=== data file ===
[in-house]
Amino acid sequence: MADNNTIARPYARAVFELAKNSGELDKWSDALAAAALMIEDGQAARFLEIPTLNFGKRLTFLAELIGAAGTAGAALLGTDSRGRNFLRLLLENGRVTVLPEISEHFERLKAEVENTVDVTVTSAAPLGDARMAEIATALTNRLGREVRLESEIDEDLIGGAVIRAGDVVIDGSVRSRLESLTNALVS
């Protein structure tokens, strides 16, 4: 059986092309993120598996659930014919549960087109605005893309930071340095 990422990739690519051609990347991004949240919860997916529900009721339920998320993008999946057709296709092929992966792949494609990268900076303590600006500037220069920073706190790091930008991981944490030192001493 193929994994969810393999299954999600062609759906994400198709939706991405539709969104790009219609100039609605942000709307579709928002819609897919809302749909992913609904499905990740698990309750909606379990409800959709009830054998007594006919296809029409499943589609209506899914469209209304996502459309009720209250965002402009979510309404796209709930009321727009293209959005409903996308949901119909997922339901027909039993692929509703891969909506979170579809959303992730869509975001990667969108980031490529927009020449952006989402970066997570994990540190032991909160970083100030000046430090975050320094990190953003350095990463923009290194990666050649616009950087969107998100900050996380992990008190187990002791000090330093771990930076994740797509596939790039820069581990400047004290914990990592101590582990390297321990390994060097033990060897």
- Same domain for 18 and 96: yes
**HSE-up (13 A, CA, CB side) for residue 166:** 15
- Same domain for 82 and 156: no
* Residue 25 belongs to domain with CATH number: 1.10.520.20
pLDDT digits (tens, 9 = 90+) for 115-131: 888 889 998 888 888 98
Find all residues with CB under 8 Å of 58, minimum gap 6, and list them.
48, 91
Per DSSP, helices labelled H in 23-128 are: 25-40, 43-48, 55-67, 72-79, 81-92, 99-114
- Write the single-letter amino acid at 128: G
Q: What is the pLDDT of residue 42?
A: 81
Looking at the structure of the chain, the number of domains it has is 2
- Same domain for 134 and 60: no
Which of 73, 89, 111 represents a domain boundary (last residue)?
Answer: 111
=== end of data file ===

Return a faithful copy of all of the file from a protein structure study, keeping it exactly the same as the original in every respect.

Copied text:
[in-house]
Amino acid sequence: MADNNTIARPYARAVFELAKNSGELDKWSDALAAAALMIEDGQAARFLEIPTLNFGKRLTFLAELIGAAGTAGAALLGTDSRGRNFLRLLLENGRVTVLPEISEHFERLKAEVENTVDVTVTSAAPLGDARMAEIATALTNRLGREVRLESEIDEDLIGGAVIRAGDVVIDGSVRSRLESLTNALVS
């Protein structure tokens, strides 16, 4: 059986092309993120598996659930014919549960087109605005893309930071340095 990422990739690519051609990347991004949240919860997916529900009721339920998320993008999946057709296709092929992966792949494609990268900076303590600006500037220069920073706190790091930008991981944490030192001493 193929994994969810393999299954999600062609759906994400198709939706991405539709969104790009219609100039609605942000709307579709928002819609897919809302749909992913609904499905990740698990309750909606379990409800959709009830054998007594006919296809029409499943589609209506899914469209209304996502459309009720209250965002402009979510309404796209709930009321727009293209959005409903996308949901119909997922339901027909039993692929509703891969909506979170579809959303992730869509975001990667969108980031490529927009020449952006989402970066997570994990540190032991909160970083100030000046430090975050320094990190953003350095990463923009290194990666050649616009950087969107998100900050996380992990008190187990002791000090330093771990930076994740797509596939790039820069581990400047004290914990990592101590582990390297321990390994060097033990060897």
- Same domain for 18 and 96: yes
**HSE-up (13 A, CA, CB side) for residue 166:** 15
- Same domain for 82 and 156: no
* Residue 25 belongs to domain with CATH number: 1.10.520.20
pLDDT digits (tens, 9 = 90+) for 115-131: 888 889 998 888 888 98
Find all residues with CB under 8 Å of 58, minimum gap 6, and list them.
48, 91
Per DSSP, helices labelled H in 23-128 are: 25-40, 43-48, 55-67, 72-79, 81-92, 99-114
- Write the single-letter amino acid at 128: G
Q: What is the pLDDT of residue 42?
A: 81
Looking at the structure of the chain, the number of domains it has is 2
- Same domain for 134 and 60: no
Which of 73, 89, 111 represents a domain boundary (last residue)?
Answer: 111